June 22, 2015
Coffee, as a commodity and through its global value chains, is the focus of much interest to achieve fair trade and equitable outcomes for producers, processors and consumers. It has iconic cultural and economic significance for Colombia, which is one of the world’s major coffee producers for the global market. This book examines sustainable coffee production in Colombia, specifically the initiatives of Nestlé to create shared value.
It describes the transformation of the coffee landscape by the development of economically, socially and environmentally viable and dedicated supply chains. Suppliers have been encouraged to shift production and quality paradigms, in order to develop long-term and sustainable strategies for higher value and premium quality products. This has been partially achieved by establishing a robust partnership with the Coffee Growers Federation and other public, private and social actors, thereby taking control of the institutional architecture and knowledge base that exists in the country. The book provides an important lesson of corporate social responsibility and the creation of shared value for the benefit of farmers, corporations and consumers.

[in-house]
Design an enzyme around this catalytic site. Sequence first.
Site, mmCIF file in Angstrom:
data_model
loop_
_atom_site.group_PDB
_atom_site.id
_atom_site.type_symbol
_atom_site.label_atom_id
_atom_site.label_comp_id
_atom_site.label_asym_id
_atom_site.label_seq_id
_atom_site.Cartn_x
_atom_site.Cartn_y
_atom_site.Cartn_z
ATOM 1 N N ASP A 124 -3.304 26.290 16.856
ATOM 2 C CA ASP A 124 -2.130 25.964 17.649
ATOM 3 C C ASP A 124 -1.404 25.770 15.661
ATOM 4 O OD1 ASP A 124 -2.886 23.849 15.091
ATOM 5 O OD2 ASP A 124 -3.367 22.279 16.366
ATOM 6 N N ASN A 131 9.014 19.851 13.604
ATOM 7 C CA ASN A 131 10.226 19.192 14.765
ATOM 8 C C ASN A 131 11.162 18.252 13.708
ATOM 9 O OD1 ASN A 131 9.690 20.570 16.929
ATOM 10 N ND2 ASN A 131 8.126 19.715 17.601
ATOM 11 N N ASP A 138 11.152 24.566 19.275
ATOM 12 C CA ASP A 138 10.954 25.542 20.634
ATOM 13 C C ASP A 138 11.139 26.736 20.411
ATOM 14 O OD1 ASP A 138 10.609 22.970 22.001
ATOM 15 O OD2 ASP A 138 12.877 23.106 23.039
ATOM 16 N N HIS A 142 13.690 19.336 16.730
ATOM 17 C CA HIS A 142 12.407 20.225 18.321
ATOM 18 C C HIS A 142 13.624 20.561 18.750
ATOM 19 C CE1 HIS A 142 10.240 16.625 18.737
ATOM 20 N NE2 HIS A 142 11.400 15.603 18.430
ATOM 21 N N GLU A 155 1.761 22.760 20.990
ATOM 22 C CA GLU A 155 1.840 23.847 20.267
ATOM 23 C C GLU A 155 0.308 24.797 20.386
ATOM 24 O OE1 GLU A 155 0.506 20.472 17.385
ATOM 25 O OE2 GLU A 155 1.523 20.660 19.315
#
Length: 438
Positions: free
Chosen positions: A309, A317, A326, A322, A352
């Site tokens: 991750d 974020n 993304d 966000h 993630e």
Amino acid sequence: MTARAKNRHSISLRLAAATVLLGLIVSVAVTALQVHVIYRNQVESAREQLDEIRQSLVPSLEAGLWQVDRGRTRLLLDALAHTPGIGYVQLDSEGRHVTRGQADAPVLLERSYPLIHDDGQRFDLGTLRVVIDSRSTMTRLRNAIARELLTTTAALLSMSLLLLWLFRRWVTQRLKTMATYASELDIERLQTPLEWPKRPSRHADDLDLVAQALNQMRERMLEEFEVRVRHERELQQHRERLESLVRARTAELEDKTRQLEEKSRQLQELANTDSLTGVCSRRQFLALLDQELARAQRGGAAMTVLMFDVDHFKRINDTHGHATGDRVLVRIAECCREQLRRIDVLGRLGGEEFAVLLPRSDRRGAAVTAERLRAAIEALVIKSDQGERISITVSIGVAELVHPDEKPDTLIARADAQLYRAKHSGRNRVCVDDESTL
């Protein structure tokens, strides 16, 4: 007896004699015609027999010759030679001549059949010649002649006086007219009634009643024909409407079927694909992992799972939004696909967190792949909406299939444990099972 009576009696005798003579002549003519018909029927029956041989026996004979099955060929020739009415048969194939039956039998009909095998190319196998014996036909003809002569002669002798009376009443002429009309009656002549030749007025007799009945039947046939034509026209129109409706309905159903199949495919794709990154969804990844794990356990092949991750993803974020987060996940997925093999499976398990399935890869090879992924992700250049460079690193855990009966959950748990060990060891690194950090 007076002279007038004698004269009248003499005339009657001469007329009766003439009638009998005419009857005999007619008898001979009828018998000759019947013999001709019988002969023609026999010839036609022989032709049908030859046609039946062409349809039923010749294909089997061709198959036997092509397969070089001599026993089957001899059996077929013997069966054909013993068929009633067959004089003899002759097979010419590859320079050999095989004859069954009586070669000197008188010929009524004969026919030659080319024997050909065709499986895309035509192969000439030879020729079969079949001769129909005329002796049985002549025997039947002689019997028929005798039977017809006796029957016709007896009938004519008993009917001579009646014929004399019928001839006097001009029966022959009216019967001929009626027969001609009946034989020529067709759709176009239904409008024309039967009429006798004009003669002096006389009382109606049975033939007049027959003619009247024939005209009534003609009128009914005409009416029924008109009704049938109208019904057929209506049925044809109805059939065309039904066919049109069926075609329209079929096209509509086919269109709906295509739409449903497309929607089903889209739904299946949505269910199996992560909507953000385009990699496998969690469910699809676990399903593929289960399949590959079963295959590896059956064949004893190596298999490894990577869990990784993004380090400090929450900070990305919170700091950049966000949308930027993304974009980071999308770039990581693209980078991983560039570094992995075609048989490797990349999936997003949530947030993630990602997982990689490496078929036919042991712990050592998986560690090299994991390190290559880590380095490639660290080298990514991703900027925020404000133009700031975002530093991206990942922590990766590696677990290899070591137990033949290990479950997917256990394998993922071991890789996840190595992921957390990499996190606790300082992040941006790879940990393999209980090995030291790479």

By Andrea Biswas-Tortajada and Asit K. Biswas, 2015, Routledge, London, 208 pages.
Review by Francisco Bustamente in Amazon, July 28, 2015:
The social and economic importance of coffee in Colombia is analyzed with a political economy perspective in this book. The Creating Shared Value concept implemented by Nestlé and allies, is presented in an applied way, allowing a better understanding of the scope and limitations of the concept in the context of “complexity” described for coffee guild in Colombia.
I like the way the authors make a comprehensive review of the issues on the agenda for the discussion of coffee production future, making important arguments to generate a serious debate on the challenges and decisions facing the coffee sector in Colombia to meet the needs of social change for the benefit of producers and the whole supply chain.
In this analysis, there is an interesting balance of tasks from coffee farmer level and the challenges to be business oriented and more productive, support services, the role of the market as well as the importance of long term public policies. The kind of actions needed for building social capital, for having a clearer approach to the concept of sustainable coffee and generate prosperity in a sector dominated by small producers, requires a high dose of innovation, policy decisions and foremost the ability to work collaboratively between stakeholder.